Electronic Cigarette Facts

The popularity of electronic cigarettes is picking up steam. The ban of public smoking in the U.S. prompted the introduction of the electronic cigarette in 2007. This smoking alternative offers the nicotine-addicted an alternative to smoking tobacco. Also known as “e-cigarettes,” these devices look similar to regular cigarettes, but instead of tobacco there's a battery-powered device that converts liquid nicotine and propylene glycol and/or vegetable glycerin into a vapor that’s inhaled and exhaled. There are a variety of e-cig flavors to choose from: chocolate, caramel, strawberry and bubble gum.

E-cigarettes are a relatively new technology that aren't subject to U.S. tobacco laws because there is no tobacco, and are not FDA regulated. The FDA is attempting to label electronic cigarettes as a drug-delivery device so they can be regulated [source: FDA]. Manufacturers say the e-cigarette is simply recreational, and should not be subject to FDA regulation.

Celebrities like Katherine Heigl believe that electronic cigarettes are a healthier option. Heigl shared one with David Letterman during a guest appearance on his show, even explaining to the audience how it works [source: Hunter].

The e-cigarette is reusable. While it requires a bit of maintenance, it saves smokers money compared to tobacco smoking.

How Electronic Cigarettes Work
Electronic cigarettes are designed to look like regular cigarettes, but you won’t need a match or lighter. Inside, there is a rechargeable battery, a vaporization chamber and a flavored cartridge filled with liquid nicotine. The battery heats the cartridge to produce a full-flavored vapor. To use, you simply twist the cartridge and battery together and inhale. An element inside the cartridge heats the liquid which changes it to a nicotine-filled vapor that you inhale to deliver the nicotine. There's no smell since nothing is burning. You can hold and puff on the device like a regular cigarette.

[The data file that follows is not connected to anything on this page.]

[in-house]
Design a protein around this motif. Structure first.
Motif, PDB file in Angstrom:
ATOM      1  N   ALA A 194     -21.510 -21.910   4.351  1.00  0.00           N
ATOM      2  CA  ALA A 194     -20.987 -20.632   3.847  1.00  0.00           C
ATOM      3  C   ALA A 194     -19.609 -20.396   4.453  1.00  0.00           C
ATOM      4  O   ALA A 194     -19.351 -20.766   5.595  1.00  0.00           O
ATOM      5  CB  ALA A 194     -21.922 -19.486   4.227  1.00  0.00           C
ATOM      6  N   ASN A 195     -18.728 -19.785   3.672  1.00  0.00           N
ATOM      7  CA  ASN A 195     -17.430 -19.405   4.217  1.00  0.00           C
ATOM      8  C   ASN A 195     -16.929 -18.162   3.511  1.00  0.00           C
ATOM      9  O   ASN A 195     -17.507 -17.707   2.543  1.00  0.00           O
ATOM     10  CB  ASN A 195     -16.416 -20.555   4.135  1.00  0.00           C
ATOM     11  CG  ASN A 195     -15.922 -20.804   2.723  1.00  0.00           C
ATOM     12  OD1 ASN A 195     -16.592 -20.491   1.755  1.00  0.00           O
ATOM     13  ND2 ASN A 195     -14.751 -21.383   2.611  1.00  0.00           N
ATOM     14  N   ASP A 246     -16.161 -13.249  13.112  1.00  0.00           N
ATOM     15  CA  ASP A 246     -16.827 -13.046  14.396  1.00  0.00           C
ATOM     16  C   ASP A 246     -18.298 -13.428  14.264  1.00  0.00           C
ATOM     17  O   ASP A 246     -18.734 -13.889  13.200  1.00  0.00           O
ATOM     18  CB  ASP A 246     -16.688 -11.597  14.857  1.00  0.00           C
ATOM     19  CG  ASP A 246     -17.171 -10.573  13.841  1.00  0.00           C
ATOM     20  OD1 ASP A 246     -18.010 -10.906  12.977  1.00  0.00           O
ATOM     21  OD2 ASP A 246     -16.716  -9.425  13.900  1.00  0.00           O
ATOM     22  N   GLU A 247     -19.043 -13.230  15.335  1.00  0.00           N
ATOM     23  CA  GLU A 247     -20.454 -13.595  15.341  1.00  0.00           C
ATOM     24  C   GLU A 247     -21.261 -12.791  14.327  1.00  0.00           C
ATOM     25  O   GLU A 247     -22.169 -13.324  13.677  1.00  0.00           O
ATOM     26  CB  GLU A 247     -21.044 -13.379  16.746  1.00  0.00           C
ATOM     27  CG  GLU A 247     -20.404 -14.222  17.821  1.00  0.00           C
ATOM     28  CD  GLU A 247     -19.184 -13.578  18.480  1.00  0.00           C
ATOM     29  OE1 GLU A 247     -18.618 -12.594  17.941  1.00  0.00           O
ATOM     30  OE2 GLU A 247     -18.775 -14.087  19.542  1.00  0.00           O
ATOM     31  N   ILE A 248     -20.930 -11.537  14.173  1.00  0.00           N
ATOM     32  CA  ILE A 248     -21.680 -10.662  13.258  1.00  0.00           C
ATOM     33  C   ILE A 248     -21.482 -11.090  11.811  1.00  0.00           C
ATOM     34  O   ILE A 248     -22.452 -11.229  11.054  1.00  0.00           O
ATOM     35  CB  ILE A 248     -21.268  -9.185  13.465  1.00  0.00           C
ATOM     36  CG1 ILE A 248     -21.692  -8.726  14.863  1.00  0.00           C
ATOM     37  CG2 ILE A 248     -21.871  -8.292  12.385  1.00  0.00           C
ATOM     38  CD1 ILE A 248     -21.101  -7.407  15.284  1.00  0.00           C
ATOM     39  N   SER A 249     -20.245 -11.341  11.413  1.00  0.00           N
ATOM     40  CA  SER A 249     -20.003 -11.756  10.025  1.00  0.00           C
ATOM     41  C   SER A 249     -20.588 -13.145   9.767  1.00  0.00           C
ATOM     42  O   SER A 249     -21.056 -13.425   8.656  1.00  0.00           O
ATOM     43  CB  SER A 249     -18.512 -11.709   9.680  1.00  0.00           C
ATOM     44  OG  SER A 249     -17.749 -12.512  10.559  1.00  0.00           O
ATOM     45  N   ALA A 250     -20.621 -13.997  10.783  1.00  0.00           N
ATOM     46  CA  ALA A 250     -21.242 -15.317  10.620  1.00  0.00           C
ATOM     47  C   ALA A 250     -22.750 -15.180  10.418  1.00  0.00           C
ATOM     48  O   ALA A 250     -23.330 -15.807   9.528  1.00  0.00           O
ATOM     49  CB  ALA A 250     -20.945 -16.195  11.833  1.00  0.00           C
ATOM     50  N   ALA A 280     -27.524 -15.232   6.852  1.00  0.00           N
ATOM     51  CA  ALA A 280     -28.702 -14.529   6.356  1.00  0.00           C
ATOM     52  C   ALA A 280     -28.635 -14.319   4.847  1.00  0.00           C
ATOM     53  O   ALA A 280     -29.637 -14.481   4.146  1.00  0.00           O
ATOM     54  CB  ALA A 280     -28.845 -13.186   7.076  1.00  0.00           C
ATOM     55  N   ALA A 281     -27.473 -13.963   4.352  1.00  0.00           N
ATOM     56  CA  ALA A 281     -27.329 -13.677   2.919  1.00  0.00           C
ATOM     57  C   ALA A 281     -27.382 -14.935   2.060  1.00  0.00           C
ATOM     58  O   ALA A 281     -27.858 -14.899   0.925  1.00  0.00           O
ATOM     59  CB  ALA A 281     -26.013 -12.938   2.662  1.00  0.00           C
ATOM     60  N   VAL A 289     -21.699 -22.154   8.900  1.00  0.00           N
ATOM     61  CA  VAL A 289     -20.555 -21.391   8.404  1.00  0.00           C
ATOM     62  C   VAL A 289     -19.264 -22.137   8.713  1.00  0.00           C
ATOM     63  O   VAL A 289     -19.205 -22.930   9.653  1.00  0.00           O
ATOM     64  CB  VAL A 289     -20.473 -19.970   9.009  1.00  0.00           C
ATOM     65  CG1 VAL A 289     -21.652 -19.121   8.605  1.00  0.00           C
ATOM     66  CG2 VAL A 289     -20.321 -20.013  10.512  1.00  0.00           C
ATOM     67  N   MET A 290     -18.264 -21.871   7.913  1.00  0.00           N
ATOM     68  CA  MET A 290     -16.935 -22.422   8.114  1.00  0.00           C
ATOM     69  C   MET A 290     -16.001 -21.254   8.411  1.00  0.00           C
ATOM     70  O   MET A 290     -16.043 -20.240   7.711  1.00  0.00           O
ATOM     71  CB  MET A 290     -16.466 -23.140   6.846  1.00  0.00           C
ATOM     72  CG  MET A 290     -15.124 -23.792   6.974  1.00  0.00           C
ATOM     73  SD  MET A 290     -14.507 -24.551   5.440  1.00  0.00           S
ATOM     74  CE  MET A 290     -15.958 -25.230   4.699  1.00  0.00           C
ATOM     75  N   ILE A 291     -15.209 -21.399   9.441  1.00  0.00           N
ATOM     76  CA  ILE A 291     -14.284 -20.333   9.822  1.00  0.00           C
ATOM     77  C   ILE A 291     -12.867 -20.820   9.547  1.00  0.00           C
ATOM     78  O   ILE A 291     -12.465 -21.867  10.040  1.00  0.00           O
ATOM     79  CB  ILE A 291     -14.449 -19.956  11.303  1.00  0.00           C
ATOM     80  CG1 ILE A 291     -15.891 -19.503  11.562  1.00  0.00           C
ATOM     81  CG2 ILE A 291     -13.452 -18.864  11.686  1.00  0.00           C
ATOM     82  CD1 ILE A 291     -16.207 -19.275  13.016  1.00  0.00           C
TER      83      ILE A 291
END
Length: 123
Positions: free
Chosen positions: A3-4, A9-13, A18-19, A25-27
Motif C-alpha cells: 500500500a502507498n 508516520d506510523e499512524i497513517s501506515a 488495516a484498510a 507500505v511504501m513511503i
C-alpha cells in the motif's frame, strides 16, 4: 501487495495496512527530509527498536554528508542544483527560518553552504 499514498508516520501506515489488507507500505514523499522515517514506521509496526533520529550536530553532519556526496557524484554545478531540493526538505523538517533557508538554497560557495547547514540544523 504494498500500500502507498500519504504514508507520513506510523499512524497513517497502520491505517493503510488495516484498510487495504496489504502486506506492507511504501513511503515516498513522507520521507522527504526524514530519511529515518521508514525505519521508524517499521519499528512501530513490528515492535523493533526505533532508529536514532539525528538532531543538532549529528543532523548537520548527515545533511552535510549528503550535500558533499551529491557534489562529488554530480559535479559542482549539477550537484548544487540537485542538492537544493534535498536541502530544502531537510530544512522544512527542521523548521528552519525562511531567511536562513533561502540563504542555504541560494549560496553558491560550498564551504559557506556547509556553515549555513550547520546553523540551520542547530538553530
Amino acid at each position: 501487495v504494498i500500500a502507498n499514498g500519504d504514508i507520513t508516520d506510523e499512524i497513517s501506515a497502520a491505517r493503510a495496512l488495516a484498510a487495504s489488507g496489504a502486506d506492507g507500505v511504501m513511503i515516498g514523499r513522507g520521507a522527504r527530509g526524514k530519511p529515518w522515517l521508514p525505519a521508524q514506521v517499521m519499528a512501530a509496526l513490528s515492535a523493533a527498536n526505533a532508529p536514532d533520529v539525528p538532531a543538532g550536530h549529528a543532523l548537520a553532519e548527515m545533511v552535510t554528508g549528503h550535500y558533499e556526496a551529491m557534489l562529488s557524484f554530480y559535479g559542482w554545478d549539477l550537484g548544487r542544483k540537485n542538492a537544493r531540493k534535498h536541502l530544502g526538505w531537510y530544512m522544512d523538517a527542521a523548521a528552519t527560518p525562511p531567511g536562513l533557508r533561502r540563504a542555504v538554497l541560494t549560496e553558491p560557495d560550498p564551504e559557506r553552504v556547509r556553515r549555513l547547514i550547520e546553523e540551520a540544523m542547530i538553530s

An electronic cigarette can contain as much nicotine as a tobacco cigarette, or more. You can choose cartridges in a range of liquid-nicotine strengths.

There are also flavored cartridges that contain liquid without nicotine. These cartridges are ideal for the tobacco smoker who wants to quit nicotine, but still enjoys the act of smoking. There are hundreds of flavors to be enjoyed, many with appealing names such as Mocha Madness, Cotton Candy, Bourbon and Cuban Supreme.

E-Cig Manufacturers
Electronic cigarettes were invented by a Chinese pharmacist named Hon Lik, who patented his product in 2003. E-cigs were sold in China by a company called Ruyan, but are now being made by several U.S. companies. Many e-cig manufacturers sell the device, required cartridges, batteries and other accessories internationally online.

The Cost of Electronic Cigarettes
The cost of an electronic cigarette depends on the manufacturer, model and style. A typical starter kit, which contains the e-cigarette device, a battery and several cartridges, can cost $60 to $150. A pack of cartridges retails for about $10. The value depends on the manufacturer of the cartridges - each cartridge is equal to about a pack of cigarettes, except for certain manufacturers who offer cartomizers equivalent to 30 cigarettes. It also depends on your smoking habit. You can reduce cost by purchasing the liquid in bulk and refilling the cartridges yourself.

E-Cig Maintenance
Though battery-powered and reusable, users must charge the electronic cigarette battery regularly. The frequency in which this has to be done depends on the quality of the device and battery purchased. Cartridges also need to be replenished with liquid regularly, either by inserting a new cartridge or refilling an empty one. Nicotine liquid is sold in bulk for smokers who prefer this greener and less costly option.

Public Smoking
Whether or not electronic cigarette use is acceptable where tobacco smoking is not is debated and weighs greatly on opinion. The product is relatively new. Most public places, like restaurants, do not allow any form of cigarette smoking.

The debate lies heavily on whether e-cigarette vapor is harmful. The device doesn’t produce secondhand smoke, but they produce secondhand vapor. The resulting water vapor is harmless, according to manufacturers, but government regulators want e-cigarettes adequately tested before legislating where and how people can use them.

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